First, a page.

The Record did a community service by publishing Chris Aikman’s letter on April 27.
The latter pointed out all of the important questions which have gone unanswered by Harper in this election.
In the April 27 Times-Colonist, Andrew Cohen carries us further with his article “What Harper might do with a majority.”
Cohen, a professor of journalism and international affairs at Carleton University, takes Harper’s past actions and adds realistic possibilities: “appointing more conservative judges, denying funding to liberal-minded non-governmental organizations like Planned Parenthood,” and “getting tough on crime.”
We’ve already seen examples of those actions, but Cohen says Harper will “use the deficit as reason to shrink the size of government. That may mean slashing the public service, starving (or selling) the CBC and privatizing government services.”
Cohen adds that “Canada will continue to regard the United Nations suspiciously. There will not be a return to peacekeeping … or a human security agenda. Military spending will rise while international assistance is reassessed. A foundering CIDA will be reorganized or even abolished.”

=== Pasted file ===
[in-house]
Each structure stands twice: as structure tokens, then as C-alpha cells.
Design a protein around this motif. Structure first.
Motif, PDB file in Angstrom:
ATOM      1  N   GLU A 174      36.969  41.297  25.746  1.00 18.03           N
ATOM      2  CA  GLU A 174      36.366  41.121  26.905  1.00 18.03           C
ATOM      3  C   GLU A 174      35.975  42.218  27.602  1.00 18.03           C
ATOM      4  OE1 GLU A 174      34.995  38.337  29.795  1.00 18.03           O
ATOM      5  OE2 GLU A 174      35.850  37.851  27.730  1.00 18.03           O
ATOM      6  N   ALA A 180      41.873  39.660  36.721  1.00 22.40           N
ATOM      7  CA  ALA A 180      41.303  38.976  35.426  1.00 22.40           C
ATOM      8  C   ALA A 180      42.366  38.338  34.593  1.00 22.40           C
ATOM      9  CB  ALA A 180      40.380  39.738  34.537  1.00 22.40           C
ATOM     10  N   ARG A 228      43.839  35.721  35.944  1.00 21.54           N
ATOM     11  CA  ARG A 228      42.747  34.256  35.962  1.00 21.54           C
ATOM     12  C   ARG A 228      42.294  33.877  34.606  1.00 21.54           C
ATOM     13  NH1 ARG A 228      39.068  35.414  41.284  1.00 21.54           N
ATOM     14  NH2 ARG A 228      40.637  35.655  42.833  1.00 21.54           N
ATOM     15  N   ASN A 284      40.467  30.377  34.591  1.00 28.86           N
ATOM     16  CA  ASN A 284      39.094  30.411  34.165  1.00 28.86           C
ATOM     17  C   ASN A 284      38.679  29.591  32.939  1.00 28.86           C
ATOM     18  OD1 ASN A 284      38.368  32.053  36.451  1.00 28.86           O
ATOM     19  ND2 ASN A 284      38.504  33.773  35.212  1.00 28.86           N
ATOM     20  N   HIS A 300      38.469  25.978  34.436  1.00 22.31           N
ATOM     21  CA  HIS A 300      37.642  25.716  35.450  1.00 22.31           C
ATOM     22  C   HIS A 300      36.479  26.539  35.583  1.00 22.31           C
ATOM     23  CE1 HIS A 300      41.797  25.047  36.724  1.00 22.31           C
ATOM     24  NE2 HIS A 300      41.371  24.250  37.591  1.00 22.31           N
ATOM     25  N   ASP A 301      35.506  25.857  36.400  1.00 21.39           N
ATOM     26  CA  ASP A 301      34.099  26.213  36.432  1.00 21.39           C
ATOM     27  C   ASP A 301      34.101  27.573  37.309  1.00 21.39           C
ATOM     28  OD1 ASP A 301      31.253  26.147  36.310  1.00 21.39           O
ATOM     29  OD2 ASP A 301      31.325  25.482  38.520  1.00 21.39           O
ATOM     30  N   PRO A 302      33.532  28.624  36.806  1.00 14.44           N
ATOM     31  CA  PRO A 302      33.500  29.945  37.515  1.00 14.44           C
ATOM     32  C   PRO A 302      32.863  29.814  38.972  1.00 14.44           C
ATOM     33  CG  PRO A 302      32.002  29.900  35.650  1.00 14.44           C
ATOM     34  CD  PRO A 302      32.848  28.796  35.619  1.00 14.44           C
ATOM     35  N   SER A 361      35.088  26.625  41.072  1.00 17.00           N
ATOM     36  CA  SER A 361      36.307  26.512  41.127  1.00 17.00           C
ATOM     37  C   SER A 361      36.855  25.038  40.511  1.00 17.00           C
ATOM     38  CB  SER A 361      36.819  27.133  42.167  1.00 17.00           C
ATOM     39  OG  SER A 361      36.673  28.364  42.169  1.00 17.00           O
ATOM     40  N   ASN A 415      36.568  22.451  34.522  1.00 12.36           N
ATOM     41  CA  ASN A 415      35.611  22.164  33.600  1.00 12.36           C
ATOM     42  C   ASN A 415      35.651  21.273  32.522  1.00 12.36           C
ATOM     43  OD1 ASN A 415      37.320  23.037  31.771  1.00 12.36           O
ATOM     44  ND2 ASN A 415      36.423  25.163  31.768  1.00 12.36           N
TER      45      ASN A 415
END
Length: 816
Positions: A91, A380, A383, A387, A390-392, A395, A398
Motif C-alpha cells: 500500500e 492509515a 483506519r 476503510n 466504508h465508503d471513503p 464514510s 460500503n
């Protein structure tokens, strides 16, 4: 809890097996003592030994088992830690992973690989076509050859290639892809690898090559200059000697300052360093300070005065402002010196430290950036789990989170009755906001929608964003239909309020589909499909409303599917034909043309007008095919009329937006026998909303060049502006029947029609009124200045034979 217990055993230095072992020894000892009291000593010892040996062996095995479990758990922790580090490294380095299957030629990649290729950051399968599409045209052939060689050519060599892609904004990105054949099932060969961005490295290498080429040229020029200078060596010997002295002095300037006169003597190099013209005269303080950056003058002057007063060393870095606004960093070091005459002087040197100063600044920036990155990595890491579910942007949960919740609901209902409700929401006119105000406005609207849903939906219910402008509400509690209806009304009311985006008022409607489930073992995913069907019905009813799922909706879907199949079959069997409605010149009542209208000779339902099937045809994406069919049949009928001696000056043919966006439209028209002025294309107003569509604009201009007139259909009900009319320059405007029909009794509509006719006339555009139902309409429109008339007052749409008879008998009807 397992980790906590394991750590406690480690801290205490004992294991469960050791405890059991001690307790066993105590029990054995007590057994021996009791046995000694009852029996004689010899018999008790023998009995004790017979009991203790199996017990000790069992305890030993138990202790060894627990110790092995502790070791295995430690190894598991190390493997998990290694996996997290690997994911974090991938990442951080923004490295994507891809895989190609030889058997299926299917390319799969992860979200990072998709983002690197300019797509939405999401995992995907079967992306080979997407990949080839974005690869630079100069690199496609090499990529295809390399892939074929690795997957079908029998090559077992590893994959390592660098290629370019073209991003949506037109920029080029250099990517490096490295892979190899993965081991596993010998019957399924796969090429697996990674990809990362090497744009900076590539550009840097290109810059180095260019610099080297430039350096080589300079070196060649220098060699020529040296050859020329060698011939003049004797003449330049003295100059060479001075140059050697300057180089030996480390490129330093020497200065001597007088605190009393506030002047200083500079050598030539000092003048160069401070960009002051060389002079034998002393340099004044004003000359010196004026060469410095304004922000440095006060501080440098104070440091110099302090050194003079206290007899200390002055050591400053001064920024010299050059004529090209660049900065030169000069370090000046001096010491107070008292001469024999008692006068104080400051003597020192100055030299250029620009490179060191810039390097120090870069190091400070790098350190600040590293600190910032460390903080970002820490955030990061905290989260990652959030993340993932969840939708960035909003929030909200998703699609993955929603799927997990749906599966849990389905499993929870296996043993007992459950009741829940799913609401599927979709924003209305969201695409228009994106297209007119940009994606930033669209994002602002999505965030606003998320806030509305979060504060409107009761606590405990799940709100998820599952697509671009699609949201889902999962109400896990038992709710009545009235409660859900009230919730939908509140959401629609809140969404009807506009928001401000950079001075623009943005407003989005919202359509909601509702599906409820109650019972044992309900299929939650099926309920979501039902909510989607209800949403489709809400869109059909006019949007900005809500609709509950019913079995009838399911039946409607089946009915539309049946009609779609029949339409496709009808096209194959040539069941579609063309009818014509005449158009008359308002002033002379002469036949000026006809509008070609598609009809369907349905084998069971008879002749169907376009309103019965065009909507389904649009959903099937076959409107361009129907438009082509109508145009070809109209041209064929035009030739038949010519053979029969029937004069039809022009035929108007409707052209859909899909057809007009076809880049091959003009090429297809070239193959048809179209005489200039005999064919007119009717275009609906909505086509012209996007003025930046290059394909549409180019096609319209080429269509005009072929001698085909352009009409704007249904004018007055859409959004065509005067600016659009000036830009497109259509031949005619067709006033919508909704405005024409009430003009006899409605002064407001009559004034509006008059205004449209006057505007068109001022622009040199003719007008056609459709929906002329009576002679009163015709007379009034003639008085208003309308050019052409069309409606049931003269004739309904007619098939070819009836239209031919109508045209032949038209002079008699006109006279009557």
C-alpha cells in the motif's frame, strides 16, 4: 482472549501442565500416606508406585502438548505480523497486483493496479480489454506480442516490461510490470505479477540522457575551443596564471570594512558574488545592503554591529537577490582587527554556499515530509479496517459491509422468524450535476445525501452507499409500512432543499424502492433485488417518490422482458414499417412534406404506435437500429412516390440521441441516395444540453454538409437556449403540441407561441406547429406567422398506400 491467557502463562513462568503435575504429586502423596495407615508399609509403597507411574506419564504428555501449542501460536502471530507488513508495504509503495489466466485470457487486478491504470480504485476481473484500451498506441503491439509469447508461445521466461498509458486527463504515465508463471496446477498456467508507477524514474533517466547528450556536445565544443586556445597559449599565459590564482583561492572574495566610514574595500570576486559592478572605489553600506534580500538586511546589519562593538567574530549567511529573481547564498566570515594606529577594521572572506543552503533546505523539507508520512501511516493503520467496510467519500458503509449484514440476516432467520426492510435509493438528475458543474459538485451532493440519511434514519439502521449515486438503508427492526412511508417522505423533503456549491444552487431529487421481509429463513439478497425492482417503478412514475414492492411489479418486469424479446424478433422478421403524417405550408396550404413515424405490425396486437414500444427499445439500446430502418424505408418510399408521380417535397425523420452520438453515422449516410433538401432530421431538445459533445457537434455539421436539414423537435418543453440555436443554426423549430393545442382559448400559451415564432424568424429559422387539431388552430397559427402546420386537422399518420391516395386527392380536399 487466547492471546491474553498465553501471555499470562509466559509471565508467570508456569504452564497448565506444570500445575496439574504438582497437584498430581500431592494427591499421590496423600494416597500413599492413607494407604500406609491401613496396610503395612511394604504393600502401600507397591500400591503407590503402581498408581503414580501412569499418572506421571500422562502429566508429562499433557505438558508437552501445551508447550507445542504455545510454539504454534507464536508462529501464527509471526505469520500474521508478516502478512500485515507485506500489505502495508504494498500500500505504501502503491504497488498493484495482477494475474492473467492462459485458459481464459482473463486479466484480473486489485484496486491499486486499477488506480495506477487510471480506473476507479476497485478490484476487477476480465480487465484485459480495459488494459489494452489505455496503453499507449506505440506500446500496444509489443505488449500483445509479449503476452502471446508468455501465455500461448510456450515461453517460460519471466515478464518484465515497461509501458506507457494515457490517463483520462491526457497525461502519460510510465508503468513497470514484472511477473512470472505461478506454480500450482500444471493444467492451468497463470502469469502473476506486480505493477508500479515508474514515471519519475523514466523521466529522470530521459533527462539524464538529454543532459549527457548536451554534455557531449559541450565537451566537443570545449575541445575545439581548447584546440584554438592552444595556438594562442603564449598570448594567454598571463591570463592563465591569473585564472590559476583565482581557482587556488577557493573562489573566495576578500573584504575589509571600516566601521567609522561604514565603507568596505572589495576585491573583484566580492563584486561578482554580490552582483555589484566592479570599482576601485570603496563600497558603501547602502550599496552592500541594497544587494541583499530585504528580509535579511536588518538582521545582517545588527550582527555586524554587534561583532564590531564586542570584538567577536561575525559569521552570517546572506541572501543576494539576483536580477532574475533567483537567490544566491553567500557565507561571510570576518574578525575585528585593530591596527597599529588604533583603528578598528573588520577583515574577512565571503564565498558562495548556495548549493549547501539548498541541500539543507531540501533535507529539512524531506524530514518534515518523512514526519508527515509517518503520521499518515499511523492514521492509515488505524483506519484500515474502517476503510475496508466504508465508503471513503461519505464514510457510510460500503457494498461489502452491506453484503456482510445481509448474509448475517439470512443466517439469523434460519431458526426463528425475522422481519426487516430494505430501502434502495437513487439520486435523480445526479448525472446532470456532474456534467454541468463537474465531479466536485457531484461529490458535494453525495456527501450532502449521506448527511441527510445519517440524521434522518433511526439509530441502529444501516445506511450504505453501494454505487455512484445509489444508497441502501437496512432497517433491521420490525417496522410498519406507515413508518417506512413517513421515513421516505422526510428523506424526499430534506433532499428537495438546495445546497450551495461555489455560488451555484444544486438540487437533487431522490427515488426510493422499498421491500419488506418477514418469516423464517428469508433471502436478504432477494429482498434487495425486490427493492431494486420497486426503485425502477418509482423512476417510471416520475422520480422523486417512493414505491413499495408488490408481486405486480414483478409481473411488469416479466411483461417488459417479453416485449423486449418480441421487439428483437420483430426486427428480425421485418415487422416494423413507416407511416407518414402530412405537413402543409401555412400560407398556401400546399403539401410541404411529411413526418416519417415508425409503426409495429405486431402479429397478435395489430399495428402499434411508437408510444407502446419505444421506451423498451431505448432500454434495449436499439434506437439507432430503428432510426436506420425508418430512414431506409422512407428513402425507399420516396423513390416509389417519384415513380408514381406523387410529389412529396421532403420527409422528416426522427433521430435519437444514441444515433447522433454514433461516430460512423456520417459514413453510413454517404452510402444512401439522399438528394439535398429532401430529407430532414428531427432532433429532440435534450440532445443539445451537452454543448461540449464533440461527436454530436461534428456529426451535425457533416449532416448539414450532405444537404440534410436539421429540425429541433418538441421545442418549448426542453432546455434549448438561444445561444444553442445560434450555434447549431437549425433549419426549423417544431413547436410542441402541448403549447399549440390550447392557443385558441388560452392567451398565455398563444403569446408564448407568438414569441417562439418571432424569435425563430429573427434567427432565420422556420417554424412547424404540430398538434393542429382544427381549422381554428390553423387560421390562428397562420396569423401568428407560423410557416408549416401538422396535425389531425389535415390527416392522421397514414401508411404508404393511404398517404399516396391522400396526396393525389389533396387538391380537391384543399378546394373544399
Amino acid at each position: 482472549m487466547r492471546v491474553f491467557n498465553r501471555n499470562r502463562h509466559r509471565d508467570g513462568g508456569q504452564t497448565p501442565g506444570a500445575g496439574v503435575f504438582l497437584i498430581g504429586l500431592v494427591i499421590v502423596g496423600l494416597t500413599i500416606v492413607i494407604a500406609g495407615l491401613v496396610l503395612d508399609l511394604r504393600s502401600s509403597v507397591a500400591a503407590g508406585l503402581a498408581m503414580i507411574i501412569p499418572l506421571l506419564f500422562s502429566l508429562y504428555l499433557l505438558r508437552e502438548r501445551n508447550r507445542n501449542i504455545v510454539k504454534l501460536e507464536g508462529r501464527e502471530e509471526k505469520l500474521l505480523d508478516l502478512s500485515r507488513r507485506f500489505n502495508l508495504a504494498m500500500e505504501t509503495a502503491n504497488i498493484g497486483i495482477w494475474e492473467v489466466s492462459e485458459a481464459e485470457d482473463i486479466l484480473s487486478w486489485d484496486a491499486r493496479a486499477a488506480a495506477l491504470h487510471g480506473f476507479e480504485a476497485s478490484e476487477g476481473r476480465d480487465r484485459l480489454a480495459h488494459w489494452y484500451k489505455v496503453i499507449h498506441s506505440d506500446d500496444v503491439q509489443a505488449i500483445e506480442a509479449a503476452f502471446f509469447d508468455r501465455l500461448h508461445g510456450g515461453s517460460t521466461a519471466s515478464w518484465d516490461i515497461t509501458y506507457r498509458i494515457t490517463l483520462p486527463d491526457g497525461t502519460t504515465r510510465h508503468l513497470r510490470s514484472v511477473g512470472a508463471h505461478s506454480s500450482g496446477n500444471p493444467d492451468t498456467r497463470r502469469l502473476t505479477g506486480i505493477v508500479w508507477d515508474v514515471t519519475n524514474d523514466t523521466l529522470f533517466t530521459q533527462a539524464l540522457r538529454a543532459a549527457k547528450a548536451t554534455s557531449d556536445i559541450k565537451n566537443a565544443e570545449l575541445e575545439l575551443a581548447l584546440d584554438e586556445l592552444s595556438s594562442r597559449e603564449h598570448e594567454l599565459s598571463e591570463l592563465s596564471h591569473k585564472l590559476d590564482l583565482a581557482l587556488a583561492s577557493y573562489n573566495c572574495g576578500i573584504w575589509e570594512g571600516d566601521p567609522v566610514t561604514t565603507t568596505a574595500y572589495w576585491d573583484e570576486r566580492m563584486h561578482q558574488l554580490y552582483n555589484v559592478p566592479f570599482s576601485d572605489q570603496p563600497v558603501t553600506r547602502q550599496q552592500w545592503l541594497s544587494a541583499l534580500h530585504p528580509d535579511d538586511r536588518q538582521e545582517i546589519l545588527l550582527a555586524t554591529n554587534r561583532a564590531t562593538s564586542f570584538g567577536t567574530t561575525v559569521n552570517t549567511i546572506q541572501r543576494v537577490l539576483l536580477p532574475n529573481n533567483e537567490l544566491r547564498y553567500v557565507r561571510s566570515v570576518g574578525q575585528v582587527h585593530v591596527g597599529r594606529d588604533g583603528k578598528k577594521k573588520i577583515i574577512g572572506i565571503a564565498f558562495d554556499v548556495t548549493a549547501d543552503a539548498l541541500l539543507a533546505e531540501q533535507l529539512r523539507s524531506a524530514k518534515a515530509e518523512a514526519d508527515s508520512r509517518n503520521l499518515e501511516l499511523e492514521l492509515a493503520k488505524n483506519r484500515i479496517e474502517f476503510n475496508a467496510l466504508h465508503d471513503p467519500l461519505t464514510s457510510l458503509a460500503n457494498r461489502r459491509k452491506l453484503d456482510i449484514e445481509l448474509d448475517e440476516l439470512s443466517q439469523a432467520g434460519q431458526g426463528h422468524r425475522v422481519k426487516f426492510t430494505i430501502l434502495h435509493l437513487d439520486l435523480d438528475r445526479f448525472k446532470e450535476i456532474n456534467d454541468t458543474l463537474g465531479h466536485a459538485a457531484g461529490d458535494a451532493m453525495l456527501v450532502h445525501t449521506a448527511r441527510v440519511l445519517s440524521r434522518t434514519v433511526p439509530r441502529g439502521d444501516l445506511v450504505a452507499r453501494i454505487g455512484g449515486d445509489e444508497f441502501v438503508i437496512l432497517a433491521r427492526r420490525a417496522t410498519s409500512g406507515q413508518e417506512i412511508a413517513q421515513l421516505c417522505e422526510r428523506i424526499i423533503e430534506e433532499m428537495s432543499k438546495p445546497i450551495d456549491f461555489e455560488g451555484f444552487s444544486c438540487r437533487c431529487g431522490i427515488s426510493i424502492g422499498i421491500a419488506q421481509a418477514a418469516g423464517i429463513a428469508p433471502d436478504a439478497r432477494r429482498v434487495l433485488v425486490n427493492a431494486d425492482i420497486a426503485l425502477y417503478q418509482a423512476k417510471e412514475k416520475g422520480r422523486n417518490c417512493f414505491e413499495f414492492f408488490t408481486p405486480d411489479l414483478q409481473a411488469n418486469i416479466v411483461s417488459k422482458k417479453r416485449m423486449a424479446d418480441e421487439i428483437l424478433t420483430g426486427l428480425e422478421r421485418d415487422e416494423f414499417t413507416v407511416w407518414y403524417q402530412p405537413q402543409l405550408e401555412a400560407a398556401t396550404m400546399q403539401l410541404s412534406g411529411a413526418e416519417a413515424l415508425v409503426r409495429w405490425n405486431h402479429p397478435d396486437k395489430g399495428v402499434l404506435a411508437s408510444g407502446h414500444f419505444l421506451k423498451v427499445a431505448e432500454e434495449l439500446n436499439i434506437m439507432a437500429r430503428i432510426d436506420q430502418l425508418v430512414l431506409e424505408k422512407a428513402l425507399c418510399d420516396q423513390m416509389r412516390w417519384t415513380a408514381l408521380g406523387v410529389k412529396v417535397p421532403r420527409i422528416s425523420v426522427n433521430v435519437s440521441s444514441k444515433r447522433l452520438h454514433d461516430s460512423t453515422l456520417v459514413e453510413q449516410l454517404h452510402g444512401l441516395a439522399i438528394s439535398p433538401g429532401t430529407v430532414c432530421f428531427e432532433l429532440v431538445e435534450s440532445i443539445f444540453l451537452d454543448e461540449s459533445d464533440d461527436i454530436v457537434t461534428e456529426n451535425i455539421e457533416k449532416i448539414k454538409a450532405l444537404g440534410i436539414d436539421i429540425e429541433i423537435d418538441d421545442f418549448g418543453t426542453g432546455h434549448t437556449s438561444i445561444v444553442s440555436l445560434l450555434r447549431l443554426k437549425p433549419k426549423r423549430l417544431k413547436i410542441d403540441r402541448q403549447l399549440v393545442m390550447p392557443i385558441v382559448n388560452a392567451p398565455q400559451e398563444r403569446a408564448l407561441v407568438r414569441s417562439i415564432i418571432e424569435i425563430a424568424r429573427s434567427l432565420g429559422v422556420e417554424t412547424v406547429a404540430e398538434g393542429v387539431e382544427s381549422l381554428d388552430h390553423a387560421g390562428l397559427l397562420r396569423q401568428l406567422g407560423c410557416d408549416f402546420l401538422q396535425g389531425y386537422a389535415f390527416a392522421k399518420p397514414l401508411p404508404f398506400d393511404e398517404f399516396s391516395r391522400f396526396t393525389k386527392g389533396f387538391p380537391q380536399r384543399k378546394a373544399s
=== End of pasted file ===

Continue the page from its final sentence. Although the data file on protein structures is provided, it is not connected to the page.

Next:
Cohen goes on to say that Harper would pursue a new deal with the U.S. on border and security issues. It would build on a new free trade (CETA) with Europe.
Cohen even refers to a Harper government as a “one-man government.”
Do we want that? Don’t we deserve more?
We all need to think some more before May 2.